‘To Kill a Mockingbird’ wraps up on Broadway as creators spar with Rudin

“To Kill a Mockingbird,” a stage adaptation of the classic novel that announced a temporary hiatus in January after Jeff Daniels left the cast and the Omicron variant hit New York, will not reopen on Broadway.

The play’s writer, Aaron Sorkin, and director, Bartlett Sher, emailed the play’s cast and crew on Thursday night informing them of the decision, and they blamed the lead producer for the play. Originally, Scott Rudin, who had walked away from an active role on the show. after being accused of mistreating collaborators. According to Sorkin and Sher, “At the last moment Scott re-inserted himself as producer and for reasons frankly incomprehensible to both of us he prevented the play from reopening.”

Rudin, who continued to control the rights to the stage adaptation of Harper Lee’s novel, sent his own email to Sorkin and Sher on Friday, attributing the decision to the economic situation on Broadway, where overall ticket sales have slumped. lagged behind pre-pandemic levels. Both emails were obtained by The Times.

“The reason I chose not to bring TKAM back has to do with my lack of confidence in the gaming climate next winter,” Rudin wrote, using an acronym for “To Kill a Mockingbird.” He added: “I don’t think a Mockingbird remount would have been competitive in the marketplace.”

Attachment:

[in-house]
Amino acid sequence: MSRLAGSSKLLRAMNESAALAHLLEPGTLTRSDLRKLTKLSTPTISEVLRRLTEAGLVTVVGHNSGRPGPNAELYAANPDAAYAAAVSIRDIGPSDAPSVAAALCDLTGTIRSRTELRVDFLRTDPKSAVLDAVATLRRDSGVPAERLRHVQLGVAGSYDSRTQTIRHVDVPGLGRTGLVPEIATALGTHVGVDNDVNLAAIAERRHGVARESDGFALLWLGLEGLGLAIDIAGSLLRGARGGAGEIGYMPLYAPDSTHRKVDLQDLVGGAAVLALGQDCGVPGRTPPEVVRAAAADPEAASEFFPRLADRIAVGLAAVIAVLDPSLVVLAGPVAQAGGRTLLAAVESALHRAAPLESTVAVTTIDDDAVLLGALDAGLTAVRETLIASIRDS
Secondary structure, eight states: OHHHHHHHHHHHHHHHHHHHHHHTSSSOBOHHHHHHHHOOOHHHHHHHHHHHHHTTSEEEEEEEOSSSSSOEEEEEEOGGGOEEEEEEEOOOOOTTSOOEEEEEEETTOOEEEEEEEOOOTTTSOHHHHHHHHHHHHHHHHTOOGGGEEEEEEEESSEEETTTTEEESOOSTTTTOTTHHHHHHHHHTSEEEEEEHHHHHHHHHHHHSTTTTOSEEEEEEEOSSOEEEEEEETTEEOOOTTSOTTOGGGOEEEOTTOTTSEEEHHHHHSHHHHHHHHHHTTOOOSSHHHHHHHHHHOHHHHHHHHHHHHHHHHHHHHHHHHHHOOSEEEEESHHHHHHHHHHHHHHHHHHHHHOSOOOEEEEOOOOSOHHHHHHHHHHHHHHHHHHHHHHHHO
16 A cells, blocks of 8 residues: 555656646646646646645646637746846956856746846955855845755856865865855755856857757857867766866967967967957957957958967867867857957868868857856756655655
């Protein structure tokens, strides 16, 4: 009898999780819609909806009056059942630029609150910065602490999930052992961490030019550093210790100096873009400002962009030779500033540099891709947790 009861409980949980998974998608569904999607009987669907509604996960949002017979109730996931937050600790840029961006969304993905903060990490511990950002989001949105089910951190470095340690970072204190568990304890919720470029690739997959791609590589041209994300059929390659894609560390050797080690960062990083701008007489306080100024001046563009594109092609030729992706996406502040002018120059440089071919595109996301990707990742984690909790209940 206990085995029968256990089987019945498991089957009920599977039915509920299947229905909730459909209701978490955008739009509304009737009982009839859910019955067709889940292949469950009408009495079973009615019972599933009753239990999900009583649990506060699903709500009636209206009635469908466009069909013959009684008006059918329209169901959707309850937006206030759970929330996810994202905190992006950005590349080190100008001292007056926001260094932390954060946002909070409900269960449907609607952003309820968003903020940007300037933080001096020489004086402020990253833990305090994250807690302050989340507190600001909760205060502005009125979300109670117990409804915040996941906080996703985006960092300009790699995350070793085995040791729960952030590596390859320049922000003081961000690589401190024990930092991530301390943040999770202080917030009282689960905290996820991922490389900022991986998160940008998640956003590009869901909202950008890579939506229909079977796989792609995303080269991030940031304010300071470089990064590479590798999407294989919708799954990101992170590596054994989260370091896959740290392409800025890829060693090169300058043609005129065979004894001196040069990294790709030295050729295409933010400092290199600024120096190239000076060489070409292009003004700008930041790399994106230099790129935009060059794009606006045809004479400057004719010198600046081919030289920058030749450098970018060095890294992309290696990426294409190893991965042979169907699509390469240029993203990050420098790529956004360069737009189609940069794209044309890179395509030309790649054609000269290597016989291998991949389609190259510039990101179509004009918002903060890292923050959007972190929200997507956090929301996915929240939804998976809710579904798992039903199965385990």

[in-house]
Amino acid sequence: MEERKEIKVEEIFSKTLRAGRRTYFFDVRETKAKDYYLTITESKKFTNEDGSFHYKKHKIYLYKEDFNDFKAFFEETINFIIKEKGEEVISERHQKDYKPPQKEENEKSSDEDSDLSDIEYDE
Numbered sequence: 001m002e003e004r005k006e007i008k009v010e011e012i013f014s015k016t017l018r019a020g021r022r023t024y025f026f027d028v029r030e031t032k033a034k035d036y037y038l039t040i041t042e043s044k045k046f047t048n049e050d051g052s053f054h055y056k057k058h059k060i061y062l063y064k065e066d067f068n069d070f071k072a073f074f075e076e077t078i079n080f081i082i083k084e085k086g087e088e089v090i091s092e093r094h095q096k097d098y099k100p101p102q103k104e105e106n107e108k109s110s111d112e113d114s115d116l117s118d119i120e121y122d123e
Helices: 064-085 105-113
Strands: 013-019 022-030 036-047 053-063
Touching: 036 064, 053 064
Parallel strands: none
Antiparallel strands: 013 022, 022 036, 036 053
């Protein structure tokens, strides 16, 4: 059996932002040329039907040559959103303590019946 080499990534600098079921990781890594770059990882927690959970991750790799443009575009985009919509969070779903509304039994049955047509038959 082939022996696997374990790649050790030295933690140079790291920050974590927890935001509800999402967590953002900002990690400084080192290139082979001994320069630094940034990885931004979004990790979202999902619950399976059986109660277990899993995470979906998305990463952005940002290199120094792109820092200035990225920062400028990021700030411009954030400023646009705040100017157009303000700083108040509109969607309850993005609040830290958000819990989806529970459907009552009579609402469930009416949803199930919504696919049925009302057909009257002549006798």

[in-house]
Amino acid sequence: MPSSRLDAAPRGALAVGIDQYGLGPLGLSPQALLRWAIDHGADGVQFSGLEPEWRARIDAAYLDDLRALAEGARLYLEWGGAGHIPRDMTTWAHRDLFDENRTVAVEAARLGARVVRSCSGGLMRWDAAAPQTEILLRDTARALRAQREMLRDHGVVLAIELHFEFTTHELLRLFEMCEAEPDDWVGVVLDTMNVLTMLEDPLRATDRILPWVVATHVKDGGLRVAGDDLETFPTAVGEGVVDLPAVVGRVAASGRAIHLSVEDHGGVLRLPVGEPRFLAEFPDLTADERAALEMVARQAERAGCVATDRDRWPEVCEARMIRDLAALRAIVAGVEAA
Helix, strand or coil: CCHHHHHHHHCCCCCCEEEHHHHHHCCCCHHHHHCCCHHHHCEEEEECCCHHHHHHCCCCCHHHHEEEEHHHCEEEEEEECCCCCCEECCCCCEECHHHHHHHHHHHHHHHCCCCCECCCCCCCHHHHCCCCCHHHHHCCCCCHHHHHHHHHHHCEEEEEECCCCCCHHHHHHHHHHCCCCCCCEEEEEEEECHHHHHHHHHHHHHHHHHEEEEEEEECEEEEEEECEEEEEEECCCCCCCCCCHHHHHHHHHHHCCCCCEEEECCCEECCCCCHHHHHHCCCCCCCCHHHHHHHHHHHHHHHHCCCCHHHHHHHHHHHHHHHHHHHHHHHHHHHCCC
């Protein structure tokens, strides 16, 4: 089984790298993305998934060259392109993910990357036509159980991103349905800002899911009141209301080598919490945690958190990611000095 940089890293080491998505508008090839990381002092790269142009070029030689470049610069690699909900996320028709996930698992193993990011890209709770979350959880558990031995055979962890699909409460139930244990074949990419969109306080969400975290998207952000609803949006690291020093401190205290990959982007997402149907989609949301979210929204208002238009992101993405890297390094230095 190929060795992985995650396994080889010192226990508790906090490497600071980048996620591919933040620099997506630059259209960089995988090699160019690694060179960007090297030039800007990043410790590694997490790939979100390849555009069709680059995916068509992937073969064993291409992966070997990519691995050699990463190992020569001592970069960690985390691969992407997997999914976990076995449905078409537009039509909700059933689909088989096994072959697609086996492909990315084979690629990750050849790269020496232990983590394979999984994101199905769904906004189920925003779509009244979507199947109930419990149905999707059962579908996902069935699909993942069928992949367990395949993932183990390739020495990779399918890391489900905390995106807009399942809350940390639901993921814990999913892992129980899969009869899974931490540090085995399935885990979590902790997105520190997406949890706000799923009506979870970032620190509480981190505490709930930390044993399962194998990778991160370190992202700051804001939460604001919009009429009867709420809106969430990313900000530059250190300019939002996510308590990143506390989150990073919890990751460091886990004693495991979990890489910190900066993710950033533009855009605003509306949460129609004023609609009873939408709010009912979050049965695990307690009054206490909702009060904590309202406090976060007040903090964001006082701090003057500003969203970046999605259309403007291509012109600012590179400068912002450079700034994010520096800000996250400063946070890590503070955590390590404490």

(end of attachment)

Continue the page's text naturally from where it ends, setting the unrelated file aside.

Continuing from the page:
The show continues to have a healthy life outside of New York. A production in London’s West End began in March, and a nationwide US tour began in Boston in April. These productions are not affected by the Broadway closure.

The play opened on Broadway in late 2018 and was a success before the pandemic, regularly selling around $2 million in tickets a week, which is quite high for a play, and recouping its $7.5 million in tickets. investment 19 weeks after opening.

Broadway closed in March 2020 due to the pandemic, and “To Kill a Mockingbird” resumed performances last October, with Daniels returning as Atticus Finch, as he had during the first year of the room. The play sold well through early January, except for a week when breakthrough Covid cases forced performance cancellations; Daniels left the cast on January 2, at a time when Broadway revenue was already plunging due to the resurgence of the pandemic, and the show’s revenue plummeted.

The play halted performances at the Shubert Theater on January 16, and then-lead producer Barry Diller said it would resume performances June 1 at the Belasco Theater. This did not happen, and according to Sher and Sorkin’s email, the most recent plan was for the play to resume performances on November 2 at the Music Box Theater.

Sher and Sorkin described themselves in the email as ‘heartbroken’ and said they ‘mourn the loss of all of the jobs – on stage, backstage and front of house – which have simply disappeared’ . Rudin, in his email, said: “It’s too risky and the downsides are too great. I’m sorry you’re disappointed. It’s the right decision for the long life of the series.

Sher, Sorkin and Rudin all declined to comment, as did a spokesperson for the play. The decision not to reopen the play was previously reported by website Showbiz411.

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